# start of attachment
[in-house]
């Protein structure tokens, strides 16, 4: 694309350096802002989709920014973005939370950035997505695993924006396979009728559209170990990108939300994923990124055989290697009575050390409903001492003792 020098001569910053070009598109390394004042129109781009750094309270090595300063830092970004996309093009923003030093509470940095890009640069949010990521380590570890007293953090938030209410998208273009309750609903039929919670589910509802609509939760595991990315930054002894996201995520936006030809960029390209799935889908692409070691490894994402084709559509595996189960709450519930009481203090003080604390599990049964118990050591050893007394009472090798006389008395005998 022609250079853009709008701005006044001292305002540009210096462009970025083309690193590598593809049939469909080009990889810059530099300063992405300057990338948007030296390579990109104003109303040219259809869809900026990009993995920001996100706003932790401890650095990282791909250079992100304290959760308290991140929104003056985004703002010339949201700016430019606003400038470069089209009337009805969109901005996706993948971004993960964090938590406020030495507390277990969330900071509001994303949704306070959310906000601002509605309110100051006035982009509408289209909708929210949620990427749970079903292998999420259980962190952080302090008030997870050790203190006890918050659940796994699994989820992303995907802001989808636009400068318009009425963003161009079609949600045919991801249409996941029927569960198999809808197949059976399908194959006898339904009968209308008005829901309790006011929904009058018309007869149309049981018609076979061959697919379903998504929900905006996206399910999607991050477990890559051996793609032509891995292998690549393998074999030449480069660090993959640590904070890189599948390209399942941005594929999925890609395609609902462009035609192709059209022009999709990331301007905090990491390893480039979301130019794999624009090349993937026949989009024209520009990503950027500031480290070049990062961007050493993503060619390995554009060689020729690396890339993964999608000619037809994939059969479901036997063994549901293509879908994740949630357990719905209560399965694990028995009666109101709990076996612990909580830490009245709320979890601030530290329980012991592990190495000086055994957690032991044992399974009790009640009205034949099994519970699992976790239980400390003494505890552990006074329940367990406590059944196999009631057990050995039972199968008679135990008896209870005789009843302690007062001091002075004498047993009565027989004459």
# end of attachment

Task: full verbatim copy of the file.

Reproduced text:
[in-house]
């Protein structure tokens, strides 16, 4: 694309350096802002989709920014973005939370950035997505695993924006396979009728559209170990990108939300994923990124055989290697009575050390409903001492003792 020098001569910053070009598109390394004042129109781009750094309270090595300063830092970004996309093009923003030093509470940095890009640069949010990521380590570890007293953090938030209410998208273009309750609903039929919670589910509802609509939760595991990315930054002894996201995520936006030809960029390209799935889908692409070691490894994402084709559509595996189960709450519930009481203090003080604390599990049964118990050591050893007394009472090798006389008395005998 022609250079853009709008701005006044001292305002540009210096462009970025083309690193590598593809049939469909080009990889810059530099300063992405300057990338948007030296390579990109104003109303040219259809869809900026990009993995920001996100706003932790401890650095990282791909250079992100304290959760308290991140929104003056985004703002010339949201700016430019606003400038470069089209009337009805969109901005996706993948971004993960964090938590406020030495507390277990969330900071509001994303949704306070959310906000601002509605309110100051006035982009509408289209909708929210949620990427749970079903292998999420259980962190952080302090008030997870050790203190006890918050659940796994699994989820992303995907802001989808636009400068318009009425963003161009079609949600045919991801249409996941029927569960198999809808197949059976399908194959006898339904009968209308008005829901309790006011929904009058018309007869149309049981018609076979061959697919379903998504929900905006996206399910999607991050477990890559051996793609032509891995292998690549393998074999030449480069660090993959640590904070890189599948390209399942941005594929999925890609395609609902462009035609192709059209022009999709990331301007905090990491390893480039979301130019794999624009090349993937026949989009024209520009990503950027500031480290070049990062961007050493993503060619390995554009060689020729690396890339993964999608000619037809994939059969479901036997063994549901293509879908994740949630357990719905209560399965694990028995009666109101709990076996612990909580830490009245709320979890601030530290329980012991592990190495000086055994957690032991044992399974009790009640009205034949099994519970699992976790239980400390003494505890552990006074329940367990406590059944196999009631057990050995039972199968008679135990008896209870005789009843302690007062001091002075004498047993009565027989004459």